2.2. Risk Characterization
There was no safe level established for aflatoxins exposure due to its genotoxic carcinogenic potential . Therefore, the risk was characterized using the margin of exposure (MOE) approach. MOE is calculated by measuring the ratio between the dose that produces a specified effect (benchmark dose, BMD) and the estimated human aflatoxins intake. In this study, MOE value is 170 ng/kg bw per day, which was estimated by the European Food Safety Authority (EFSA) based on carcinogenicity data in rats exposed to aflatoxins .
In Table 3, MOE was used to consider possible safety concerns arising from the presence of peanuts and peanut products imported from different countries. By definition, a larger human risk occurs when MOE is <10,000 . Even in the consumer only scenario, the MOE of aflatoxins in products from Indonesia, Thailand and the Philippines was above this safe lower limit. Risk assessors at the EFSA use the MOE approach to consider possible safety concerns arising from the presence of genotoxic and carcinogenic substances in food or feed. When the calculated MOE is ≤10,000, the EFSA estimates the existing carcinogenic risk as low and suggests that these substances be treated with low priority .
Table 3. Estimation of the MOE levels of aflatoxin in peanut and peanut products from different nations.
|China||W C 2||11,711 371||12,528 830||30,136 1710||10,581 1047||17,634 1368|
|1,074,443 34,032||1,149,382 76,164||2,764,939 156,870||970,750 96,044||1,617,917 125,476|
|4,680,276 148,244||5,006,707 331,770||12,044,076 683,325||4,228,589 418,369||7,047,649 546,574|
|108,910 3450||116,506 7720||280,266 15,901||98,399 9735||163,999 12,719|
|680,404 21,551||727,859 48,232||1,750,929 99,340||614,739 60,821||1,024,565 79,459|
|102,786 3256||109,955 7286||264,507 15,007||92,867 9188||154,778 12,004|
Figure 2 shows the estimated exposure (whole group) of Taiwanese people (all ages) to aflatoxins in peanuts and peanut products from various countries. The aflatoxins MOE levels in peanuts and peanut products from China, Indonesia, Thailand, the United States, and the Philippines were above the safe lower limit of 10,000, indicating that for the majority of the population, there is no public health or safety risk posed by the consumption of imported peanuts and peanut products. However, the results indicate that consuming products imported from Vietnam may pose potential health concerns. This suggests that regulatory actions must be continued, which includes educating consumers about processed foods with relatively high contamination to avoid excessive exposure.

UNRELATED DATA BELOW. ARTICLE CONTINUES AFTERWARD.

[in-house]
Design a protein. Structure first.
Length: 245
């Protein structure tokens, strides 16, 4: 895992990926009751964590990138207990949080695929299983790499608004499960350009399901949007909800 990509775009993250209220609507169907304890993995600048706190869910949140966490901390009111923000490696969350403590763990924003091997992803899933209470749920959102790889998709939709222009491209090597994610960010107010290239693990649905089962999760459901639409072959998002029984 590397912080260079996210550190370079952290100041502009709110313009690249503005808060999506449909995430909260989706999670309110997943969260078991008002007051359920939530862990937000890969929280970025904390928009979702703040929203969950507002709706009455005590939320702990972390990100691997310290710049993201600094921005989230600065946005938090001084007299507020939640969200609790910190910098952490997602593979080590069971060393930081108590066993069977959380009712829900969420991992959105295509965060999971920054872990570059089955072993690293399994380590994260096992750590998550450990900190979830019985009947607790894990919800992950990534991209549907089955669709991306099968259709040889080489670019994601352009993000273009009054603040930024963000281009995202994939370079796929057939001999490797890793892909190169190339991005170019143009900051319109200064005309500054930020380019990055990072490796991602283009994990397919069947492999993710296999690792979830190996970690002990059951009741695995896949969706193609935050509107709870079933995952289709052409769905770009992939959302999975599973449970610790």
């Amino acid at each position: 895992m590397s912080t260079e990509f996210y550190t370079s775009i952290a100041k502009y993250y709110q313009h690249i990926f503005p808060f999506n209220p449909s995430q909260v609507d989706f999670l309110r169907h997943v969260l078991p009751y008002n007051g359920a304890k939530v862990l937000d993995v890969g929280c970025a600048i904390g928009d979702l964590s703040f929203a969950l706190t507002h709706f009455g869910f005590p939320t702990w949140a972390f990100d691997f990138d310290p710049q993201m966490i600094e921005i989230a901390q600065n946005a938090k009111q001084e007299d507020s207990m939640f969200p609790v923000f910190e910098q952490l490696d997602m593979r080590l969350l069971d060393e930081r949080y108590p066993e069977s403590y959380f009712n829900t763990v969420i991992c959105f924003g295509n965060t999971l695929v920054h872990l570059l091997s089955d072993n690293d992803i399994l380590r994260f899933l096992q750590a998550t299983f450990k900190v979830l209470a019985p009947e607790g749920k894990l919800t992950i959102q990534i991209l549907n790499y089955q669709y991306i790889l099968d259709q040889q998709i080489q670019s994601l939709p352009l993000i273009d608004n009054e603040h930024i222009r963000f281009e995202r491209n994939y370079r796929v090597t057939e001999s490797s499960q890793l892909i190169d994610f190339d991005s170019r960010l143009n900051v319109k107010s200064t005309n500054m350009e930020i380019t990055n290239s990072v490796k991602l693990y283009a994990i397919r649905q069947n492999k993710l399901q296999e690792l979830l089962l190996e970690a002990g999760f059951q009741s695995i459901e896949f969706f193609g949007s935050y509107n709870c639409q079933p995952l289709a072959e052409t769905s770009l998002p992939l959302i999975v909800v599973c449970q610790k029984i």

Figure 2. Estimation of the exposure (whole group) of Taiwanese people of all ages to aflatoxins in peanut and peanut products from various countries.
2.3. Risk Management Advice
We suggest that Taiwan’s government needs to continue efforts to reduce dietary exposure of aflatoxins. On the basis of our risk assessment results, the Taiwan government should control dietary exposure to aflatoxins. If the maximum levels of total aflatoxins were changed from 15 to 4 ppb (as in the EU), this might help reduce aflatoxins exposure risk (Figure 3) and raise the MOE of aflatoxins above the safe lower limit. Therefore, the risk to aflatoxins exposure will not constitute a public health problem.
Figure 3. Estimation of the exposure (whole group) of Taiwanese people of all ages to aflatoxins in peanuts and peanut products from Vietnam in 4 ppb and 15 ppb maximum permitted levels of aflatoxin.
The most effective way of controlling aflatoxins is to monitor food and its raw ingredients for aflatoxins. Strengthening border control, carrying out strict periodic monitoring, and imposing fines on noncompliant products could help reduce aflatoxins production, accumulation and thus contamination in susceptible commodities to an acceptable level, while preventing significant health and economic losses. The results of this assessment may be useful to the TFDA to improve supervision of product improvement by peanut product manufacturers, ensure border inspections are carried out, and realize effective imported food control. Aflatoxins in peanut foodstuffs can also be controlled by improving production practices and maintaining appropriate storage conditions. Food companies should be required by relevant government organizations to test received peanuts for aflatoxins. The potential health risks of aflatoxins may be reduced by educating and enhancing the awareness of farmers and consumers.